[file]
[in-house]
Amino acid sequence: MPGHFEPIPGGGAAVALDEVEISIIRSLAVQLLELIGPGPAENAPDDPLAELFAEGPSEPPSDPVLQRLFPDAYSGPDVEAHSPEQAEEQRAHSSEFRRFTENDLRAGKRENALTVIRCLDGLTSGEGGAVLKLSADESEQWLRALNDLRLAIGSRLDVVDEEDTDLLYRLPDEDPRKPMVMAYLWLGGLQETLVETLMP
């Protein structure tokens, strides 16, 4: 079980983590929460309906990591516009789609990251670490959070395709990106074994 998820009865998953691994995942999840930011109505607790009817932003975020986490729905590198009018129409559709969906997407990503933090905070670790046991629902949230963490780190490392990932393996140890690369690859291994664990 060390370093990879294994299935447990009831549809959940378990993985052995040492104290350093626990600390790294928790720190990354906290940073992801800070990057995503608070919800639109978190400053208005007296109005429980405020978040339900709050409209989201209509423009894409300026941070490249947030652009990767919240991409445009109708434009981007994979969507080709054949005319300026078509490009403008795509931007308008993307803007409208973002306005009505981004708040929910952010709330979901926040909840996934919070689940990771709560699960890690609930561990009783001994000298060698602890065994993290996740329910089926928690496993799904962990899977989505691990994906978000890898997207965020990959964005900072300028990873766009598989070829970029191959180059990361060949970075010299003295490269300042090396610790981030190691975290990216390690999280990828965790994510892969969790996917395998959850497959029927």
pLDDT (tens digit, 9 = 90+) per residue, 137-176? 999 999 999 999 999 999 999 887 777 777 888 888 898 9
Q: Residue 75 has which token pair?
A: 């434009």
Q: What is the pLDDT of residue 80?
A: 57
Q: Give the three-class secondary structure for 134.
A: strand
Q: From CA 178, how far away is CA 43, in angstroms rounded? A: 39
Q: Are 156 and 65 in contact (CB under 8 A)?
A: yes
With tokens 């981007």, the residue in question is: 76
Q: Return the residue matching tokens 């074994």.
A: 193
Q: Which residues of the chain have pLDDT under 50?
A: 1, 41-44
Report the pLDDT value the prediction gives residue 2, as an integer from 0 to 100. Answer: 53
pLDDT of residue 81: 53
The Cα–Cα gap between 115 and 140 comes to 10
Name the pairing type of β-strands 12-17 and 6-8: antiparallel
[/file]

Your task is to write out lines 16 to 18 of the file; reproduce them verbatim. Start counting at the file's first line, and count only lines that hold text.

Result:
A: 193
Q: Which residues of the chain have pLDDT under 50?
A: 1, 41-44